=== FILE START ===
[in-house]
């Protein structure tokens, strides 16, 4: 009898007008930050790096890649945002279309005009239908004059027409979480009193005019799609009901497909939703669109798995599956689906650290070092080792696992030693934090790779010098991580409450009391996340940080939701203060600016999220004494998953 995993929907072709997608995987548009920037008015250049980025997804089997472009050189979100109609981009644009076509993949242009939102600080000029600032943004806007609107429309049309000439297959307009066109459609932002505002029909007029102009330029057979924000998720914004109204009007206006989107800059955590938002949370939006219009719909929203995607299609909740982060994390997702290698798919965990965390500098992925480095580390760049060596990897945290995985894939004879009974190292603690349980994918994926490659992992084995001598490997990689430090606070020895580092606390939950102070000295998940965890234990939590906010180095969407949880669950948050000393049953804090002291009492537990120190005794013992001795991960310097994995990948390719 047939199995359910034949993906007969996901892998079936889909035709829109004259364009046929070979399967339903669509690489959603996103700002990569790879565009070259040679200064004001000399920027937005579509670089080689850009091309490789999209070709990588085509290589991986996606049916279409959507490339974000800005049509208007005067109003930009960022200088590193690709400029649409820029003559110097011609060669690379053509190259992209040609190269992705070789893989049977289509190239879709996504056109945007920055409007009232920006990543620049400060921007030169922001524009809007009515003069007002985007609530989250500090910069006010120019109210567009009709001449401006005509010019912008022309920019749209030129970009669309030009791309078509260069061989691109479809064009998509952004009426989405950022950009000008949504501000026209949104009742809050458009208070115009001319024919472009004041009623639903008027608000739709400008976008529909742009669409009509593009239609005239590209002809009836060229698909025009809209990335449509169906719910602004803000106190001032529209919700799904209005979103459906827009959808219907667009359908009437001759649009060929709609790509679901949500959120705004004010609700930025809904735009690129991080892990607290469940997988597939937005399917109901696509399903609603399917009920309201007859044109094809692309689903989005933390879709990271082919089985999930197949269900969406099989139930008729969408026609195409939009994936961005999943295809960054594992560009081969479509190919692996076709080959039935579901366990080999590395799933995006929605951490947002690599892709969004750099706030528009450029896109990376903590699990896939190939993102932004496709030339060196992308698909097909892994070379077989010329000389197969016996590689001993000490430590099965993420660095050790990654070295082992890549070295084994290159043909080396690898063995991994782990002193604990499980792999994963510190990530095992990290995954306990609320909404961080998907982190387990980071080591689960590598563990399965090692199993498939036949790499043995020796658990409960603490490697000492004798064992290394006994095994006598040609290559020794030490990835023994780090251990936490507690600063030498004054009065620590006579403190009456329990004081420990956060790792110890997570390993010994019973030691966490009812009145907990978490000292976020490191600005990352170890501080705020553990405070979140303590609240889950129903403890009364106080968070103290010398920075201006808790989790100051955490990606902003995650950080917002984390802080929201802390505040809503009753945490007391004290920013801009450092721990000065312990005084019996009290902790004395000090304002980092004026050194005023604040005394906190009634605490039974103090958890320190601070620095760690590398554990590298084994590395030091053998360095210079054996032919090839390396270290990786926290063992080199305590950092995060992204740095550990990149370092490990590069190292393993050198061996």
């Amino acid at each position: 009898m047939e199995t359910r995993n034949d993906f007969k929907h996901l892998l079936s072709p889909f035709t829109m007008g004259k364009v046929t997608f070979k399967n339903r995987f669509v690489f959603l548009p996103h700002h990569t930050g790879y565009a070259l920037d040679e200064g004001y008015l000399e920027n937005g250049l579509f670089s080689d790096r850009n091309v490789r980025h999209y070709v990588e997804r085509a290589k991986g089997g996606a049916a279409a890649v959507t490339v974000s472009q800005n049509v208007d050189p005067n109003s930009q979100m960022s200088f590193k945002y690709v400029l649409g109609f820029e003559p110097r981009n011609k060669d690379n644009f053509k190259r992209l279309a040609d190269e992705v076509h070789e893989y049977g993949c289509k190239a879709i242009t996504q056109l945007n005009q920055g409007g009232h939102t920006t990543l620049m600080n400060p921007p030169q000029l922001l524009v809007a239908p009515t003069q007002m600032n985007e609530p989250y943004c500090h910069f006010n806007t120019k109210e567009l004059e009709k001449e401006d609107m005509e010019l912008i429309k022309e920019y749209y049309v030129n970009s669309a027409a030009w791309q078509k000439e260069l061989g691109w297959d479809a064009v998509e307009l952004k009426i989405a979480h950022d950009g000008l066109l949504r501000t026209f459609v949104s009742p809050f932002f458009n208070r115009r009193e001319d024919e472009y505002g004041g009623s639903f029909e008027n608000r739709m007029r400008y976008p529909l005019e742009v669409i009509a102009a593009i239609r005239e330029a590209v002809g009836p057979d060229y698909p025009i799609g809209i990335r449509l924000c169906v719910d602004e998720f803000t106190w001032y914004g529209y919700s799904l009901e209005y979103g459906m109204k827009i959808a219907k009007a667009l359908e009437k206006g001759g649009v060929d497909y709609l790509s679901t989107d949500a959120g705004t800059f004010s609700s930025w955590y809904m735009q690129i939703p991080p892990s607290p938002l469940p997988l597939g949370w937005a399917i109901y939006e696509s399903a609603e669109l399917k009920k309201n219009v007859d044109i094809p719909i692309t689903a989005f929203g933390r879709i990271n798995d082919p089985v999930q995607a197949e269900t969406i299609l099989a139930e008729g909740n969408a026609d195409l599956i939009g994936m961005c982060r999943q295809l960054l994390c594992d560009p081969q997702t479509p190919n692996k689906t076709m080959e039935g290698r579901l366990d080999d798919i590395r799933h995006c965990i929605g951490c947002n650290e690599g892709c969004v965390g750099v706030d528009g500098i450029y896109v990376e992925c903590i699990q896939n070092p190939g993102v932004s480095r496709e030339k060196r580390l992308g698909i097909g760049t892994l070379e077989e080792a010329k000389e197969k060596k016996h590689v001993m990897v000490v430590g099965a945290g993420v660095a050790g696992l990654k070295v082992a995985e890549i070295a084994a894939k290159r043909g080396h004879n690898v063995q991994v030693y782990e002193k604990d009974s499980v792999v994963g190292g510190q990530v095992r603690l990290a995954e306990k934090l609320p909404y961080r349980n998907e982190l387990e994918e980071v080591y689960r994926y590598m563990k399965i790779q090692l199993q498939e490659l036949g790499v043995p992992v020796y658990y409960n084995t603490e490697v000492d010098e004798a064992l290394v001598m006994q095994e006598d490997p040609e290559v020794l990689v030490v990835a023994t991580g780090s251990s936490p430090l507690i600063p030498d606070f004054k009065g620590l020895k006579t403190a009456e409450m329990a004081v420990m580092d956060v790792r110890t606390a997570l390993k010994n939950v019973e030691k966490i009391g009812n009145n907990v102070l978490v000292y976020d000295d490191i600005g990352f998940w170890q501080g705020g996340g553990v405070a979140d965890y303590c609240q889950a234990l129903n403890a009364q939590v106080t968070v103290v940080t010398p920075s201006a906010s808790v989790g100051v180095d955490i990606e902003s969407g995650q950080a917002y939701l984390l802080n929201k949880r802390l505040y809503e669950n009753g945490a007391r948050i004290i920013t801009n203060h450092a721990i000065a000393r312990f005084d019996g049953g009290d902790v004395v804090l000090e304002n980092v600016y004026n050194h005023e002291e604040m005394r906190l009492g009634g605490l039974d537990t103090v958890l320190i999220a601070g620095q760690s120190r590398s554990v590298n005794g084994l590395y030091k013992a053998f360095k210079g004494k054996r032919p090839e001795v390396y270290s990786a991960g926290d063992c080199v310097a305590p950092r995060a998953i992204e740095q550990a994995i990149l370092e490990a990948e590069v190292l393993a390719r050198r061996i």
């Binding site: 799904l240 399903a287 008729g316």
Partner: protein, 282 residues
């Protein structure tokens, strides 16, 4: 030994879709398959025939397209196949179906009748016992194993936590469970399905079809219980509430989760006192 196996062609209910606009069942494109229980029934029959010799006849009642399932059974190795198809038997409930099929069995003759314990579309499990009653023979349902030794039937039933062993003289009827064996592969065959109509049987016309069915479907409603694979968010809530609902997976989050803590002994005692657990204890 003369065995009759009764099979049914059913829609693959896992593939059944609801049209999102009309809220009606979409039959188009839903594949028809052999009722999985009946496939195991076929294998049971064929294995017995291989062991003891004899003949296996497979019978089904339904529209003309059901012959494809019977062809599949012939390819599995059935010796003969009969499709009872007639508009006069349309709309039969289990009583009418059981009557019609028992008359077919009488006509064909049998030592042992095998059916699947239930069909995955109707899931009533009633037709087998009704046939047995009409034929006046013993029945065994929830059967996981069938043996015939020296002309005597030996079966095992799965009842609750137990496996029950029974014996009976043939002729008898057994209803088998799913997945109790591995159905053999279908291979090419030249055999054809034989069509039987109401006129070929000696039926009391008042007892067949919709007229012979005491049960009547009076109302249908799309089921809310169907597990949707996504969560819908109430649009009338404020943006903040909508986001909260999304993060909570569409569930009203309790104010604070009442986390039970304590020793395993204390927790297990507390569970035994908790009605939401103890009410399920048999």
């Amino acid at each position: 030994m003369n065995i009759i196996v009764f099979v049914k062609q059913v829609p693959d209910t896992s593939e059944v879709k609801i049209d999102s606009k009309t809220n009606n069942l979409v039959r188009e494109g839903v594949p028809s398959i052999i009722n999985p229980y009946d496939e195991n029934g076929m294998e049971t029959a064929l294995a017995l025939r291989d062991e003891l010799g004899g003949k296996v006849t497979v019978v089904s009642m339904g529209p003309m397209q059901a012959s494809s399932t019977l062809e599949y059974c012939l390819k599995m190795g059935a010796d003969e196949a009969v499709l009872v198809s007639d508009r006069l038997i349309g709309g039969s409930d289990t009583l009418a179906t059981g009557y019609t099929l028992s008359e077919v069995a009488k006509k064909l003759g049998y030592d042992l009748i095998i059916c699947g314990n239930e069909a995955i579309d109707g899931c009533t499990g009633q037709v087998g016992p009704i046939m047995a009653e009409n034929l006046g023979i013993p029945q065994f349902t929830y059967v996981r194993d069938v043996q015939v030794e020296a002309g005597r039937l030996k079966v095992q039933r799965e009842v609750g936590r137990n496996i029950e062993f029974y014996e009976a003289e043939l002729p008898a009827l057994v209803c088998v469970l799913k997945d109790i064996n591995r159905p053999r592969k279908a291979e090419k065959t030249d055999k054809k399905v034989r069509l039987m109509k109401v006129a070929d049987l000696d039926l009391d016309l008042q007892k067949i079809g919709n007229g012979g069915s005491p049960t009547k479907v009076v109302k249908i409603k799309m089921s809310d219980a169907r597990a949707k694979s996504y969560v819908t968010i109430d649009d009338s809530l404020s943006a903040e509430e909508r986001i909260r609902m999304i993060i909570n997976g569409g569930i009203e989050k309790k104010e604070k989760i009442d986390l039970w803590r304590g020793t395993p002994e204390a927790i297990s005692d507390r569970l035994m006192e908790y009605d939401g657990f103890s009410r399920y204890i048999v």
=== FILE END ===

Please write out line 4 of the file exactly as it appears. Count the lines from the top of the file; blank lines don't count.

């Binding site: 799904l240 399903a287 008729g316």